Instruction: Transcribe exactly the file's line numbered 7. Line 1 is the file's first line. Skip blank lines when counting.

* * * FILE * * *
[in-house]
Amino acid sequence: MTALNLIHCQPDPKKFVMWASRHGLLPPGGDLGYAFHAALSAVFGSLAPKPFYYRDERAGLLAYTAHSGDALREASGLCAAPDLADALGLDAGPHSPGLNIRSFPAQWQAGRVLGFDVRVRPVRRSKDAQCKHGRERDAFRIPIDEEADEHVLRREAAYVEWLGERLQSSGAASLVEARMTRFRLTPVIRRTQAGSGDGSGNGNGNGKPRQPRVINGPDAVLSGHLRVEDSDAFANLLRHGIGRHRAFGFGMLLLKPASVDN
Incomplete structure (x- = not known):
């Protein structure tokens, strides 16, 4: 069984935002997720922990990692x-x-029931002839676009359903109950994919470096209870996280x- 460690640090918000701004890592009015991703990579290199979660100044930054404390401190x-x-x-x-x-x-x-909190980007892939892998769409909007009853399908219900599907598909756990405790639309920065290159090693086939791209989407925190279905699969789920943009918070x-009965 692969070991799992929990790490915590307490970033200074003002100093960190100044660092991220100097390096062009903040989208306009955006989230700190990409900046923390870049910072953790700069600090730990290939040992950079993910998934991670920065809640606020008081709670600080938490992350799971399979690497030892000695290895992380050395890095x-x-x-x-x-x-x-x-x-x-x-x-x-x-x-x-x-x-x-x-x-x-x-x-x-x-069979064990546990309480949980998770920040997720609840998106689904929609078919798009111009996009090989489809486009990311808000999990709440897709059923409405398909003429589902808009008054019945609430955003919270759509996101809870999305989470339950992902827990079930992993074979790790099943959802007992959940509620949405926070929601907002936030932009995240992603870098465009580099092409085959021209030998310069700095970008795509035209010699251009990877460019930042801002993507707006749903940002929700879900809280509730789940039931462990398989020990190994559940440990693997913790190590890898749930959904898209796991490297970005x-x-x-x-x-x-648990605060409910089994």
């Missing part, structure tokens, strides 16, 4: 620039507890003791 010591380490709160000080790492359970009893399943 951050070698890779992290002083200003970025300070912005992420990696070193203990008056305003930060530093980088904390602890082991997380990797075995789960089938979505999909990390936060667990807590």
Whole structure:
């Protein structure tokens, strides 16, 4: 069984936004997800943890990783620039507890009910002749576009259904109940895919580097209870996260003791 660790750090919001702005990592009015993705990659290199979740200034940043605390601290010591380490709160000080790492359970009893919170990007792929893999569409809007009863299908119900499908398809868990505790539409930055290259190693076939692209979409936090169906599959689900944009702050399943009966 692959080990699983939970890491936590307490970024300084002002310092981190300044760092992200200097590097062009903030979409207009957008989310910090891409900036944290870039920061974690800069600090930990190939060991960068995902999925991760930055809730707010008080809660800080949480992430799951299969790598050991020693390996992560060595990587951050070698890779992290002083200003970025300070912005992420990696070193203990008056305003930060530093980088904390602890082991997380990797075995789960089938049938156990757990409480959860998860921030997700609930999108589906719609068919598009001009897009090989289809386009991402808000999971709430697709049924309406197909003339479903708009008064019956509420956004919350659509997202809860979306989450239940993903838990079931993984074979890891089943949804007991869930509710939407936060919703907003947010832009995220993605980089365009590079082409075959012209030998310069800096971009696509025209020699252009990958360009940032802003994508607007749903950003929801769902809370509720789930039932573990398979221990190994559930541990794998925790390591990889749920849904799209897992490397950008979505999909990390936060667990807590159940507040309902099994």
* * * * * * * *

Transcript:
């Protein structure tokens, strides 16, 4: 069984936004997800943890990783620039507890009910002749576009259904109940895919580097209870996260003791 660790750090919001702005990592009015993705990659290199979740200034940043605390601290010591380490709160000080790492359970009893919170990007792929893999569409809007009863299908119900499908398809868990505790539409930055290259190693076939692209979409936090169906599959689900944009702050399943009966 692959080990699983939970890491936590307490970024300084002002310092981190300044760092992200200097590097062009903030979409207009957008989310910090891409900036944290870039920061974690800069600090930990190939060991960068995902999925991760930055809730707010008080809660800080949480992430799951299969790598050991020693390996992560060595990587951050070698890779992290002083200003970025300070912005992420990696070193203990008056305003930060530093980088904390602890082991997380990797075995789960089938049938156990757990409480959860998860921030997700609930999108589906719609068919598009001009897009090989289809386009991402808000999971709430697709049924309406197909003339479903708009008064019956509420956004919350659509997202809860979306989450239940993903838990079931993984074979890891089943949804007991869930509710939407936060919703907003947010832009995220993605980089365009590079082409075959012209030998310069800096971009696509025209020699252009990958360009940032802003994508607007749903950003929801769902809370509720789930039932573990398979221990190994559930541990794998925790390591990889749920849904799209897992490397950008979505999909990390936060667990807590159940507040309902099994």